I've been on the hunt for a good history of the offshore industry. So far, I haven't found a really good one.
The Prize is probably, overall, the best history of the oil industry. There are some omissions and minor errors, but from a story-telling standpoint, it can't be beat. It also doesn't really concentrate on offshore.
Oil 101 by Morgan Downey is probably the best from a pure factual and bias standpoint. Morgan Downey was an oil trader on Wall Street who had a very good grasp of the technical aspects of the oil industry. It's very dispassionate in its presentation and it's very, very thorough with a good chapter on Exploration and Production that takes up half the book. The problem with the book is its halfway a reference manual, so it's not much on narrative.
While hunting around I came upon a history of Brown & Root (B&R):
Offshore Pioneers: Brown & Root and the History of Offshore Oil and Gas
It took a little while to find a copy, because it's be out of print for about 10 years. The book was put together by 3 history professors who got funding from Brown and Root, but it's openly disclosed in the forward, so you have a heads up about the bias. It's very pro-B&R, obviously, but the advantage of that is they got access to so many key people. It's not a 100% whitewashing of history, but what I like is even if they would whitewash some of the B&R history, they had no qualms about dumping on the competition.
For example, Shell's Cognac platform was built in '77-'78 by New Orleans-based J. Ray McDermott. It was a HUGE milestone in offshore engineering at the time. It was a fixed structure in over 1,000 feet of water that cost $250 million to build and weighed 59,000 tons.
Well, one of the things that's talked about in the book was that B&R built a two platforms for Union Oil in almost as deep water (~955 feet vs. 1,025 feet for Cognac) that each cost less than $90 million. B&R was better able to calculate the forces and their interactions and could thus shave down the weight of the tower down to 26,000 tons.
In a little jab at Shell, the platforms were named Cervaza and Cervaza Light (Garden Banks Blocks 160 & 158). You see, Cognac is expensive and beer is, well, not... Engineer humor... Hardy har har...
The two best chapters in the book weren't really about B&R at all, though. They were about Project Mohole and Taylor Diving.
Project Mohole was an attempt to use an offshore drilling vessel in 15,000 feet of water to drill through another 25,000 feet of the earth's crust to the Mohorovičić discontinuity, collecting core samples the whole way down, and recover a piece of the Earth's mantle. Keep in mind, when Project Mohole was initiated, the deepest offshore well at that time was in only 200 feet of water. The project required taking existing technology and pushing it forward not just evolutionarily, but by leaps and bounds.
Today's most advanced Polycrystaline Drill Bits are direct descendants of the drill bit developed in the Phase I test. In that test, the drillship stayed in place with dynamic positioning, drilled an initial hole, and (through much trial and error) re-entered the original hole, and captured samples from a subsurface column of basalt. A drill bit studded with thousands of tiny diamonds was necessary to cut through the basalt, which was like drilling through hundreds of feet of steel.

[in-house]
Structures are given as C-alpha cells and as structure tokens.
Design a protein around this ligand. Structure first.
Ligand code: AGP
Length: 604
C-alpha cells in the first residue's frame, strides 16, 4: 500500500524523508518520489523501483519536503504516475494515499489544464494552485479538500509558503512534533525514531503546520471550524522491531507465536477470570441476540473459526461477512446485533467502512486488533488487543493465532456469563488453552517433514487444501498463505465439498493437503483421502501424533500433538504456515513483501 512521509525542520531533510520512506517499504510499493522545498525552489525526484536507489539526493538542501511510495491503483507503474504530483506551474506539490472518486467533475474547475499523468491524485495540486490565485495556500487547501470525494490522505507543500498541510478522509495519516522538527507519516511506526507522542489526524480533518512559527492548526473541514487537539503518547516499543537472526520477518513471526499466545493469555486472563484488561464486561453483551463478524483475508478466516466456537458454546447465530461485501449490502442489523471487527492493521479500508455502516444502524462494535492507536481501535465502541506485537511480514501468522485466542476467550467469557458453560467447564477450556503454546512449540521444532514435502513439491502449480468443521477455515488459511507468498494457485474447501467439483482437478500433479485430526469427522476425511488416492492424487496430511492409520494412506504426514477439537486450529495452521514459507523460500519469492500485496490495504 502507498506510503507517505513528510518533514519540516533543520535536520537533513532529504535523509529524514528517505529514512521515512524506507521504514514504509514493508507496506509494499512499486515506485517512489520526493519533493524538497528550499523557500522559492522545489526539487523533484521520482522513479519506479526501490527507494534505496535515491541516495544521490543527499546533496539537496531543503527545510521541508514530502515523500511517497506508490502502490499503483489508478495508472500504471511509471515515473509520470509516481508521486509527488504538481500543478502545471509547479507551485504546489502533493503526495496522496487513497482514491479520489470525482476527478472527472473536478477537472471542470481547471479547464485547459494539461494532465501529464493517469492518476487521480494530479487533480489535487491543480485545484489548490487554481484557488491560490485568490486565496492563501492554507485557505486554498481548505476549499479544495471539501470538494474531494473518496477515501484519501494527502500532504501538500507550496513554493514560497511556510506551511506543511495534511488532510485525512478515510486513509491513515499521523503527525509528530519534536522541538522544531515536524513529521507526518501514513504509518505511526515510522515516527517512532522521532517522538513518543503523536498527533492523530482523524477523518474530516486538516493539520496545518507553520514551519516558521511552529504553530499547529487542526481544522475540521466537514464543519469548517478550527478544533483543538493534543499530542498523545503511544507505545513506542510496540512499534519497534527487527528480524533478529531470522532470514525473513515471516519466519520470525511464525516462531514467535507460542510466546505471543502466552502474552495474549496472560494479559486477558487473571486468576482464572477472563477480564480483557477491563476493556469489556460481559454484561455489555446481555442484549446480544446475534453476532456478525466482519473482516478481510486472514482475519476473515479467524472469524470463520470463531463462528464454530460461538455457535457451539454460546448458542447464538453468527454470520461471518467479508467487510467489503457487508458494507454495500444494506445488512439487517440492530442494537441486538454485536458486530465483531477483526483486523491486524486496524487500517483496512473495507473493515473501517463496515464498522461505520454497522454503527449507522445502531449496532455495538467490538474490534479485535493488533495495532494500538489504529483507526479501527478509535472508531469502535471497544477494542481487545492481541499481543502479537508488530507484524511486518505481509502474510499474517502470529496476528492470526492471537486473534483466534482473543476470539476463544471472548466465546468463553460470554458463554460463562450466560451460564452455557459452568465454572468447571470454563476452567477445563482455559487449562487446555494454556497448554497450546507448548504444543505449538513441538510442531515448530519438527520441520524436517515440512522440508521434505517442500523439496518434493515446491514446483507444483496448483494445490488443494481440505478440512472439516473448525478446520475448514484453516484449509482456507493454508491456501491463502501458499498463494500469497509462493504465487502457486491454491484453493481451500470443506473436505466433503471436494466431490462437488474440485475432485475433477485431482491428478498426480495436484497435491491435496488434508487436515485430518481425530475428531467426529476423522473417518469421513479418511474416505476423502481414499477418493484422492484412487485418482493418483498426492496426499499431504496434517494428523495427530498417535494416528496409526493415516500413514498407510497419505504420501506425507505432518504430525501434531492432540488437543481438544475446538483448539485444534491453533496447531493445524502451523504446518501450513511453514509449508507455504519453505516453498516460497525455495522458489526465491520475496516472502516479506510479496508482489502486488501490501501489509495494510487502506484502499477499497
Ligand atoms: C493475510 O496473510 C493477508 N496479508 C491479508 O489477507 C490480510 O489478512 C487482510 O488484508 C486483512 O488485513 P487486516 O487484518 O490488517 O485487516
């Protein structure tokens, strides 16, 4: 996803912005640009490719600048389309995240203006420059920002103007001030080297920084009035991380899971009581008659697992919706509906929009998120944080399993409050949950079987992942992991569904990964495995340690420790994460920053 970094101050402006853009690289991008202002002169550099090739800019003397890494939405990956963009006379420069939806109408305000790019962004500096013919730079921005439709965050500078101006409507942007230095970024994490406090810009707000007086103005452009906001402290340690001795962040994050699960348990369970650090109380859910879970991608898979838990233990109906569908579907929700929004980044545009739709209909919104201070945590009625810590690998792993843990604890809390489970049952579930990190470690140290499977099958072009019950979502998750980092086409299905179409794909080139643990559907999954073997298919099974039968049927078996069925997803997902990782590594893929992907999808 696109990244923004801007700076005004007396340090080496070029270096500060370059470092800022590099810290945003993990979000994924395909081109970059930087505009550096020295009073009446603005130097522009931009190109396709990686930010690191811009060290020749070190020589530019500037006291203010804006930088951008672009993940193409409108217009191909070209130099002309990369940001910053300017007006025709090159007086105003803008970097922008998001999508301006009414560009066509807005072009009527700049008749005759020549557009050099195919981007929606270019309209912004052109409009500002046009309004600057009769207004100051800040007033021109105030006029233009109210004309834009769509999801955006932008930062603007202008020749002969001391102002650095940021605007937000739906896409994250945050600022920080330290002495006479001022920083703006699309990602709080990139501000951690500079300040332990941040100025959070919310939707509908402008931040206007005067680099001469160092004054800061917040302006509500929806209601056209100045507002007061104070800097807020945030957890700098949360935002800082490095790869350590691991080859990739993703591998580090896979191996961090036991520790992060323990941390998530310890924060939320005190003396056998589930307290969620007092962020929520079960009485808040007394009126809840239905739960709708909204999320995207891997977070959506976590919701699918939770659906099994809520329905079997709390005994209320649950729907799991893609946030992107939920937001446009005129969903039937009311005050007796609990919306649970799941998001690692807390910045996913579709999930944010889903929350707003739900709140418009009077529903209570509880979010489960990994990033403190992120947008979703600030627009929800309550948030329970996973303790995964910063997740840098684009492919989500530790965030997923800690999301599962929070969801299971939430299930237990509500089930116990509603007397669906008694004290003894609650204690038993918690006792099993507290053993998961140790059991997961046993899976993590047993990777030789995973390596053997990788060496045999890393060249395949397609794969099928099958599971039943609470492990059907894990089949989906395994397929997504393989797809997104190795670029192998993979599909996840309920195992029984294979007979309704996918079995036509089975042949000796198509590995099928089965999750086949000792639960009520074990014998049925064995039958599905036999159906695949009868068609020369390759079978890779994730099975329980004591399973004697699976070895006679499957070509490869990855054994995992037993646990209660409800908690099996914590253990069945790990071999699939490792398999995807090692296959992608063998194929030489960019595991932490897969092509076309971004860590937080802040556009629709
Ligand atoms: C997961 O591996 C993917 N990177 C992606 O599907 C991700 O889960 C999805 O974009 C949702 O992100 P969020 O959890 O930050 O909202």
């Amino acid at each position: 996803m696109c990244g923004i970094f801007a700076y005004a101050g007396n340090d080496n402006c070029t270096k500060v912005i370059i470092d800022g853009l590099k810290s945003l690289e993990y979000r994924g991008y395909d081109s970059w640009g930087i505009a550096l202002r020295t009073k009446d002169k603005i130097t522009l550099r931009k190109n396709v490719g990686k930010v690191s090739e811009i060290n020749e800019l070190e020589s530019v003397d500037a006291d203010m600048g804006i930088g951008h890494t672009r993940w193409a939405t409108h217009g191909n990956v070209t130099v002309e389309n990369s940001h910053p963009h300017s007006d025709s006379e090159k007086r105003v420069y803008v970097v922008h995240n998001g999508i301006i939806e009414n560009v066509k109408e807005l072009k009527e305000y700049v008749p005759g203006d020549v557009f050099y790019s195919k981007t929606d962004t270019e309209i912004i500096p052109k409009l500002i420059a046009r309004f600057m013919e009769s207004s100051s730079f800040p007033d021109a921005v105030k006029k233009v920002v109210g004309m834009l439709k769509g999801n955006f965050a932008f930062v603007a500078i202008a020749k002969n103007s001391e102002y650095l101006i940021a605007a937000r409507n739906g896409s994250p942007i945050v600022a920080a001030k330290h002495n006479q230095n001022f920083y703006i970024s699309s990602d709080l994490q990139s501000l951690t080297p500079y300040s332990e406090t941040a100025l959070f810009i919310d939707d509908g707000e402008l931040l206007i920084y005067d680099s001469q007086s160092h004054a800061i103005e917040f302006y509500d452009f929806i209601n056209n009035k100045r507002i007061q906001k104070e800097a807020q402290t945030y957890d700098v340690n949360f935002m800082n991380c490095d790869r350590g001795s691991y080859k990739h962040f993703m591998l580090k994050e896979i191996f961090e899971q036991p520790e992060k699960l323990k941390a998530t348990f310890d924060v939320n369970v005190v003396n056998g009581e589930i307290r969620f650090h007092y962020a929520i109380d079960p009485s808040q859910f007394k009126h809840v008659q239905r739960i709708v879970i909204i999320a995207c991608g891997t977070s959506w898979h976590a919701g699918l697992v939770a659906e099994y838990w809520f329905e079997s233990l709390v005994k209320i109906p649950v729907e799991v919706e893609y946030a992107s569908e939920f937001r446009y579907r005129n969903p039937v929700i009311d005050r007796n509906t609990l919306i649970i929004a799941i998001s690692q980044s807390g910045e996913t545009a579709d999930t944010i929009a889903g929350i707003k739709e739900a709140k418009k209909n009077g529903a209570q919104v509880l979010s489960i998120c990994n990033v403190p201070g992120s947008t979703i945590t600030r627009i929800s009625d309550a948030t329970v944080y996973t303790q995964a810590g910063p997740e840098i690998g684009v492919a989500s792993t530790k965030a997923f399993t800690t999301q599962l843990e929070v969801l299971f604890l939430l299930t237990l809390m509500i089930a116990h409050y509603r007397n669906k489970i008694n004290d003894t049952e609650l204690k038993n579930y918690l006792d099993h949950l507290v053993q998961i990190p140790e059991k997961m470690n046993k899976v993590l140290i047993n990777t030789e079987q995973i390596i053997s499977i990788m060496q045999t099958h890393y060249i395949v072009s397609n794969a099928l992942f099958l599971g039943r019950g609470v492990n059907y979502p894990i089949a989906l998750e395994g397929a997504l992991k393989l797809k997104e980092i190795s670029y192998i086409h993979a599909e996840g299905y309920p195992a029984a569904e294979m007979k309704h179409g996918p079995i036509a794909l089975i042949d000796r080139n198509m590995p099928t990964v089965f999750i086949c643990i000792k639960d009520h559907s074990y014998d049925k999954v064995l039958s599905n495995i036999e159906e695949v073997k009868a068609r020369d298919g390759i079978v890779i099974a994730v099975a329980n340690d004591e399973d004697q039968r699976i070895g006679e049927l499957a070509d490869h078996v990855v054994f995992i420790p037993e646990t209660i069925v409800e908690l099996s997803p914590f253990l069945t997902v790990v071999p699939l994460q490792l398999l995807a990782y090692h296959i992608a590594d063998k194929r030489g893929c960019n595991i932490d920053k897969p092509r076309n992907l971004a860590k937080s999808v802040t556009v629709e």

Project Mohole suffered a series of major cost overruns and was always a target of political sniping. Eventually, the project was axed, mostly to pay for the Vietnam War. Imagine what sort of contributions to petroleum engineering, geology, and geophysics might have been made if it wasn't axed to pay for a pointless war...
As it was, prospects like BP's Tiber & Exxon's Blackbeard wouldn't be happening at this time without the jolt that Project Mohole gave to deepwater drilling. While things were a little better back then, private companies HATE spending money on R&D, especially on things where the usefulness-horizon isn't in X-many quarters.
The other chapter I really liked was about Taylor Diving. If it's related to human beings breathing or working under water, it was developed either by the US Navy or Taylor.
The funniest thing is how Taylor Diving got its start. It was started by three guys. Two of them were Navy veterans and the third, Jean Valz, was a veteran of the French Resistance. In 1959, L. E. Minor, the head of engineering for B&R, was out drinking on Bourbon Street and stopped in Lafitte's Blacksmith Shop, one of his favorite watering holes. Moonlighting as a piano player was Jean Valz. The two struck up a conversation and by the end of the year, most of B&R's diving work was subbed out to Taylor. Both companies would later be bought by Halliburton.
Taylor Diving, as time went on, conducted research into underwater welding and saturation diving at their test facility in Belle Chasse, LA. They could simulate dives past 1,000 feet and could play around with air mixtures and welding filler rods and everything, all under close supervision by doctors.
Offshore Pioneers is good at filling in the details and dates for a lot of things I've heard of randomly working in the oil business, but not in a thorough, systematic way. I'm still on the hunt for one all-encompassing offshore history, though.